One of the more frustrating things about the press's reaction to Wikileaks was that so many of them tried to shy away from the fact that the same laws that protected them as journalists almost certainly protected Wikileaks as well -- and any legal attack on the organization or someone like Julian Assange could come back to haunt the journalists themselves. So it's nice to see NY Times executive editor Bill Keller (who has detailed his contentious relationship
with Wikileaks and Assange) finally come out and say that he would be alarmed by any legal action taken against Wikileaks
"It's very hard to conceive of a prosecution of Julian Assange that wouldn't stretch the law in a way that would be applicable to us," said Keller. "Whatever one thinks of Julian Assange, certainly American journalists, and other journalists, should feel a sense of alarm at any legal action that tends to punish Assange for doing essentially what journalists do. That is to say, any use of the law to criminalize the publication of secrets."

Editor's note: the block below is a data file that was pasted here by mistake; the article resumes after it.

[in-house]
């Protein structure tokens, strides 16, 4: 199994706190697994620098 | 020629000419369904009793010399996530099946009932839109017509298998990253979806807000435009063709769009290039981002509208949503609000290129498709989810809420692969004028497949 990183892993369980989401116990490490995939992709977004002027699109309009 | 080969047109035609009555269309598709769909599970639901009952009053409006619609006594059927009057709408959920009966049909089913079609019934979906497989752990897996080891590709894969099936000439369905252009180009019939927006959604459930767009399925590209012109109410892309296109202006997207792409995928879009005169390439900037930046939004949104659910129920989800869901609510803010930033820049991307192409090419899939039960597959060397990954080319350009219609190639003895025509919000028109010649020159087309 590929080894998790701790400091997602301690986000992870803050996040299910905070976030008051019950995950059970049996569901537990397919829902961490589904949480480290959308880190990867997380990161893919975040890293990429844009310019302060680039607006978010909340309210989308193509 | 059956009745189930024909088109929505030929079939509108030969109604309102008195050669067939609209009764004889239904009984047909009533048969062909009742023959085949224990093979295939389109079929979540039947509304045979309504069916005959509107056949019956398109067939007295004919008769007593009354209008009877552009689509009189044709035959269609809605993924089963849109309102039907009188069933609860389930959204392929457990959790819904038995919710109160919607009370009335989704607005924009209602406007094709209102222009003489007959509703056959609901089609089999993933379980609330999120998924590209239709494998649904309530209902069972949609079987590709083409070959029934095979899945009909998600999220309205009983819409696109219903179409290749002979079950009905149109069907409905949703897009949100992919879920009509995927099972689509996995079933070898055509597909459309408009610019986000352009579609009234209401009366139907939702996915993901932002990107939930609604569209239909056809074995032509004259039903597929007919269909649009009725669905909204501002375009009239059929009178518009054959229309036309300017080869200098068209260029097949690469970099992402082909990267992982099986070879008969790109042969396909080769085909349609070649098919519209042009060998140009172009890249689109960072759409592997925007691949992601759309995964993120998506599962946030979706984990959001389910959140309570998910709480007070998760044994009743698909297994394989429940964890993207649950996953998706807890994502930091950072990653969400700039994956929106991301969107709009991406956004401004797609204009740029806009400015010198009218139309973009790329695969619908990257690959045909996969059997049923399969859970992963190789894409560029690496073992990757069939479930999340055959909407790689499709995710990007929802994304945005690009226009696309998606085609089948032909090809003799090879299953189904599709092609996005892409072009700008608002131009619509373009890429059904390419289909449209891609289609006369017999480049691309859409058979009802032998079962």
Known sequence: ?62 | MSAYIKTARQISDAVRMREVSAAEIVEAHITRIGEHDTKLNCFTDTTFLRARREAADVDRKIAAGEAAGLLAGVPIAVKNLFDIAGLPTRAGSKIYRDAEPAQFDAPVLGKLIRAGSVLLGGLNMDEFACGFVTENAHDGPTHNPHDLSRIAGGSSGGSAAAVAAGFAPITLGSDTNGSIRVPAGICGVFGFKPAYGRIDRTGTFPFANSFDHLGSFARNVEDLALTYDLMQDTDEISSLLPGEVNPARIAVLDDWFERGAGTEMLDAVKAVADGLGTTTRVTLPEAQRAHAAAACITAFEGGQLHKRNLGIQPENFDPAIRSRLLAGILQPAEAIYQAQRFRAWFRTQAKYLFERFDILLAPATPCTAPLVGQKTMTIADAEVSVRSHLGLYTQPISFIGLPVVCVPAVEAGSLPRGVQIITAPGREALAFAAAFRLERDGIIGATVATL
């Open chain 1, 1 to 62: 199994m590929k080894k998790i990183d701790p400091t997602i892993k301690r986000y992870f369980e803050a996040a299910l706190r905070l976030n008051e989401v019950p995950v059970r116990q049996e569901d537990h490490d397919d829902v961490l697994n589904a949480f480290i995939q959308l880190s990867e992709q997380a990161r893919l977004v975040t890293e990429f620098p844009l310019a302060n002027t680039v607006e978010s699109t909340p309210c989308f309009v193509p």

The panel, where this was being discussed, also included former Assistant Attorney General Jack Goldsmith (now a Harvard Law Professor) who has spoken out in the past saying that he believes Wikileaks is legal. He noted that any lawsuit would be very difficult to pull off. He still thinks the administration will try
to bring a lawsuit, but he expects that it will eventually fail in the courts. I'm still hopeful that the administration recognizes the likelihood of failure in any lawsuit and recognizes the dreadful legacy it will leave in suing an organization for publishing leaks.